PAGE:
The Bill and Melinda Gates Foundation donated $14.5 million to the CSIRO today in an effort to generate hybrid crops for African Farmers.
CSIRO Project Leader Anna Koltunow said the five-year humanitarian project would was aimed at developing tools which would generate hybrid, self-producing cowpea and sorghum crops.
“The Bill and Melinda Gates Foundation specified the money has to be spent on a project that benefits and improves the lives of the poor in southern parts of Africa,” Dr Koltunow said.
Dr Koltunow said one of the foundation’s main areas of work was in agriculture.
University of Western Australia Professor Kadamot Siddique said devloping hybrid sorghum was possibl, but producing self-reproducing cowpea would be more challenging.
CSIRO said in a media release the creation of hybrid crops would allow farmers on small land holdings to self-harvest high-quality seed. This would provide a secure food supply and potentially increase their income.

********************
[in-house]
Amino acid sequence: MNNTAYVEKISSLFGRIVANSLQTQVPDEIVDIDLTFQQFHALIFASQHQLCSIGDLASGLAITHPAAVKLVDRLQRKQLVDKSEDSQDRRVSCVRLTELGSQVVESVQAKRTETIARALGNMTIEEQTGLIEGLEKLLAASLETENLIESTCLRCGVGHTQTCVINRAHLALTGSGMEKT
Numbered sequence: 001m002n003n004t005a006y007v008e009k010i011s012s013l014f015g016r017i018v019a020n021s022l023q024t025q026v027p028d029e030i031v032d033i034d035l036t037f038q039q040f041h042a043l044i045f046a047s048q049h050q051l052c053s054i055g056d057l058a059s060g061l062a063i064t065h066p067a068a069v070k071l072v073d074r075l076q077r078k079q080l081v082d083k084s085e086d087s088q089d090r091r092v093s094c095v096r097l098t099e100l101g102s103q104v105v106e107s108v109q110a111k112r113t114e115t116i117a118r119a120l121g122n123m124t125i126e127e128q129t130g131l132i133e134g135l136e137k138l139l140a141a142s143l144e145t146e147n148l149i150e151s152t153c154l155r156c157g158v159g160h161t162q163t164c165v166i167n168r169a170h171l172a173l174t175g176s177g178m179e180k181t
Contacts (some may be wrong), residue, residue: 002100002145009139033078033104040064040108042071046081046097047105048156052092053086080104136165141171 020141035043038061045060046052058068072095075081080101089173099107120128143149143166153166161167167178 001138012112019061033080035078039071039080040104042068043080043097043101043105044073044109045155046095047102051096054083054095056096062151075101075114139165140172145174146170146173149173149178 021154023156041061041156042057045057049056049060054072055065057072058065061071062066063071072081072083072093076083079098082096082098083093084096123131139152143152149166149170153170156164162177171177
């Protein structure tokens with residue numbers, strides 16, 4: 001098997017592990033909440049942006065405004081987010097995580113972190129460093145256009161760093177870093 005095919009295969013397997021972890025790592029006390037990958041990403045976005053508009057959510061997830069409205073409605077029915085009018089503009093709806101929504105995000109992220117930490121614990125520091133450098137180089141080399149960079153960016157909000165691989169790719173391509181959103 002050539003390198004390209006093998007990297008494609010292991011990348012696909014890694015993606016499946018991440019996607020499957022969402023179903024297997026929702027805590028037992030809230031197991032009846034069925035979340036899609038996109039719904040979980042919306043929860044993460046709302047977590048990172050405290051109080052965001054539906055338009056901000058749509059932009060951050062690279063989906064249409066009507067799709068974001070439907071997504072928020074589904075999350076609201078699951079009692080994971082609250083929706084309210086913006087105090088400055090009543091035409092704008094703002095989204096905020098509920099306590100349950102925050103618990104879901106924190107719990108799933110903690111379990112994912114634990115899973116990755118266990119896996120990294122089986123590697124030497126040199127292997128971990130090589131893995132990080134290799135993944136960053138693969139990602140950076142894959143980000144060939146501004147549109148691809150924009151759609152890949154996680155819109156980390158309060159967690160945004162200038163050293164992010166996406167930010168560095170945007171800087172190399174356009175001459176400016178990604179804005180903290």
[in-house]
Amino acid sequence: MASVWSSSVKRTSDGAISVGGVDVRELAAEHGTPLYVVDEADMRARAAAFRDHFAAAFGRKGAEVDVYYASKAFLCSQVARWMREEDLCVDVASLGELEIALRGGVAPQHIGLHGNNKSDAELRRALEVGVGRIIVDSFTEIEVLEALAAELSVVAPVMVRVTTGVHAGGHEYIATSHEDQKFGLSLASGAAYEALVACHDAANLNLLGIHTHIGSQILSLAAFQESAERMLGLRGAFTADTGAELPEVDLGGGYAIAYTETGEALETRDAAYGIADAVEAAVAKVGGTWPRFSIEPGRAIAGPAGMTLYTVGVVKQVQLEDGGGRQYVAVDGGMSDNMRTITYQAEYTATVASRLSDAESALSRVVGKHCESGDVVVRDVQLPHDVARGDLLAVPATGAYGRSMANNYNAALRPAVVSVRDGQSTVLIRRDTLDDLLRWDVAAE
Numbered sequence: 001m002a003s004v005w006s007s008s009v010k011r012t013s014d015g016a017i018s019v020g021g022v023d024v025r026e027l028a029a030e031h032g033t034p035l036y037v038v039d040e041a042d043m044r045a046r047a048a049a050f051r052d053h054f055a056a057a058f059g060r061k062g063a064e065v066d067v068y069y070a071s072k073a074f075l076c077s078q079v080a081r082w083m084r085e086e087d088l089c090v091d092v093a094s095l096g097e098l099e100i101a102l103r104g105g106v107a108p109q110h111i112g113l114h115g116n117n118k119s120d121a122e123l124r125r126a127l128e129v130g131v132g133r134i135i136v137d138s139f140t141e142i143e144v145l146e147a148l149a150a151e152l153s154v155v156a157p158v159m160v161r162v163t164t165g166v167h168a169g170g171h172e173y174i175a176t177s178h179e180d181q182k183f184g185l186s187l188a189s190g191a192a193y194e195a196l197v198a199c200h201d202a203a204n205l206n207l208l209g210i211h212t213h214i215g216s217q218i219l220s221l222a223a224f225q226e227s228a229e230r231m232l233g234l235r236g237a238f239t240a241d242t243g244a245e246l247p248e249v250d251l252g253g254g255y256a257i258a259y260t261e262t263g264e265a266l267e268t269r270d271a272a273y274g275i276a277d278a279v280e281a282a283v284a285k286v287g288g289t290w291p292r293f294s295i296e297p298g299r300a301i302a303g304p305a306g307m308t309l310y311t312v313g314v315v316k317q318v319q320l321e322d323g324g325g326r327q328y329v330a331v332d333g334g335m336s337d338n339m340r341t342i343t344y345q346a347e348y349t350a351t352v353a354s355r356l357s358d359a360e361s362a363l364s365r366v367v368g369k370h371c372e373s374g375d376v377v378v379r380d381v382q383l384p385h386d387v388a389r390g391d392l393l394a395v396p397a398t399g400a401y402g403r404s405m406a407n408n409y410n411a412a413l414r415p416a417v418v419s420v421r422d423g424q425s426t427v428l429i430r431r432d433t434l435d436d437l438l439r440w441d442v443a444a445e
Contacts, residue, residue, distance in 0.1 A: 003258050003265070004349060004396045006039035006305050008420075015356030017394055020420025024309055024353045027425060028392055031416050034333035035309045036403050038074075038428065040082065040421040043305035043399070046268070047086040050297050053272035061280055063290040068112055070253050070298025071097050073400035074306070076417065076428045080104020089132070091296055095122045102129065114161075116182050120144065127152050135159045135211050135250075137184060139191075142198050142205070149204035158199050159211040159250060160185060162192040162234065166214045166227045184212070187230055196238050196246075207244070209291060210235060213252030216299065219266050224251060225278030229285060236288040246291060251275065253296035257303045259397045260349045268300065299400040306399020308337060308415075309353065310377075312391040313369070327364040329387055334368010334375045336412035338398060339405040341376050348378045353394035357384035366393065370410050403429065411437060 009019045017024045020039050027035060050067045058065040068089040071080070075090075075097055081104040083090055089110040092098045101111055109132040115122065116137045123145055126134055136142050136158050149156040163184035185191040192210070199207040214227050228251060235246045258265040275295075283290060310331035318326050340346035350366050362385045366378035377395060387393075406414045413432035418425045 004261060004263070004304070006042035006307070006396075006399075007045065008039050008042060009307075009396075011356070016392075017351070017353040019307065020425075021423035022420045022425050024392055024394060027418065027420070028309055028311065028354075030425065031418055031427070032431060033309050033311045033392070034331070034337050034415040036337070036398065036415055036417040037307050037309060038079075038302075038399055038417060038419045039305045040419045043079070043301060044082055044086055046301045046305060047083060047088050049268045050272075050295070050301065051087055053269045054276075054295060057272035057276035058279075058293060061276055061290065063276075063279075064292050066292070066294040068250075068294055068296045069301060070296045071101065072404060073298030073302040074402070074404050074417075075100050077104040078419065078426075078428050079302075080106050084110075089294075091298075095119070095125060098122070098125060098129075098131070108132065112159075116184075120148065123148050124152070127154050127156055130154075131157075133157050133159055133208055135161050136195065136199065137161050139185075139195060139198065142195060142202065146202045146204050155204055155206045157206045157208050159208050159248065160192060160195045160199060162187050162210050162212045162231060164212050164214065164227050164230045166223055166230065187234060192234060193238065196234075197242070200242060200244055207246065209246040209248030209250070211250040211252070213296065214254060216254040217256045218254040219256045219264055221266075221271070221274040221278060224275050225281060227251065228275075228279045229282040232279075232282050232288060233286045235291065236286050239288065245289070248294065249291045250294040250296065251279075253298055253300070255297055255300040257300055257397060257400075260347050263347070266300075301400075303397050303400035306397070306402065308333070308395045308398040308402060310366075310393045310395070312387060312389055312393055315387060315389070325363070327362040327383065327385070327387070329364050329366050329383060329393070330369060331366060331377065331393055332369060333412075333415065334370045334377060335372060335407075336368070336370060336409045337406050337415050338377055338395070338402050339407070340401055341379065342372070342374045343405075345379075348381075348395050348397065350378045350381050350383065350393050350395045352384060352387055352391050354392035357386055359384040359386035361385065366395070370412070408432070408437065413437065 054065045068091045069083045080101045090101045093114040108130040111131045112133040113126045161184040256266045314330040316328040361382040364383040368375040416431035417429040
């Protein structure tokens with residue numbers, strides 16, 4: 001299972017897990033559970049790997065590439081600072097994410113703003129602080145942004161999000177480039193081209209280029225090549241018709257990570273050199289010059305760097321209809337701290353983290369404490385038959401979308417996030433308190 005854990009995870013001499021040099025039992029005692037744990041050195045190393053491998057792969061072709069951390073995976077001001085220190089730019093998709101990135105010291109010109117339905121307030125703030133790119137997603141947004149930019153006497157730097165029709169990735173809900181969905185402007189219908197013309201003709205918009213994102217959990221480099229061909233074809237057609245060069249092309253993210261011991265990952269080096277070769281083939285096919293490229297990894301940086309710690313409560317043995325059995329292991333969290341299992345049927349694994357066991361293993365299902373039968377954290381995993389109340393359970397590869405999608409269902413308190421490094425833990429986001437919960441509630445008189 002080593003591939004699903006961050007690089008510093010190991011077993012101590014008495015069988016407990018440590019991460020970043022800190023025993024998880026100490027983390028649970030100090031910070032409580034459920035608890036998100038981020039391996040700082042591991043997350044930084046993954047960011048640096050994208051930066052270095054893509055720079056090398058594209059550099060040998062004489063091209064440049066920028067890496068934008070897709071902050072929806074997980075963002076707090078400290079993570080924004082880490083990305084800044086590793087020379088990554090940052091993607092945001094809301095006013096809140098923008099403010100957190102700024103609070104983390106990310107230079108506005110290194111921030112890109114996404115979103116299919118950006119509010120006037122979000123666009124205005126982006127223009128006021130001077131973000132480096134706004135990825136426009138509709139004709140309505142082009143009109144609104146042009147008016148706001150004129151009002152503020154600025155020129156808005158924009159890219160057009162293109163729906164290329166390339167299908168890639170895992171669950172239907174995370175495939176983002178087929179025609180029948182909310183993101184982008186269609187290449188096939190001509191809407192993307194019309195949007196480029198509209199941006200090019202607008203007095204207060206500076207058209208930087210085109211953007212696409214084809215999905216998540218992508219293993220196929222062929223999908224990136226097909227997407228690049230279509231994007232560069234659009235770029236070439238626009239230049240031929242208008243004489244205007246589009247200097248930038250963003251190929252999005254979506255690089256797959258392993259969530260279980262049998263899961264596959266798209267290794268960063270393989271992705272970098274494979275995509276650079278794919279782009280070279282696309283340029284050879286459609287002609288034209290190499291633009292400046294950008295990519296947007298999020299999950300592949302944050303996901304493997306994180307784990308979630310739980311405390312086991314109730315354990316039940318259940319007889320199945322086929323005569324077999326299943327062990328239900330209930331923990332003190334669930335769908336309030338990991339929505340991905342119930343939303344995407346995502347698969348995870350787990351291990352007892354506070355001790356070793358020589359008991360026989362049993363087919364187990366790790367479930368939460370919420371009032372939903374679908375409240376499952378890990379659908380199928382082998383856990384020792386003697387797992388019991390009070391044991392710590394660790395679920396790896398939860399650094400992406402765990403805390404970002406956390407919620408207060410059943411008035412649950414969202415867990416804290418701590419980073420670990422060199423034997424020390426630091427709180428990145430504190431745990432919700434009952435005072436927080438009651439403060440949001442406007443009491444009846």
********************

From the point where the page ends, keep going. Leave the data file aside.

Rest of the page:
The agency said it would use the grant to partner with research teams from Switzerland, USA, Germany and Mexico.
“This technology is something that requires a multinational collaboration because we don’t have all the capabilities in Australia,” Dr Koltunow said.“If we can prove this concept in cowpea and sorghum, then I think we can work to adapt it to other crops in Australia.”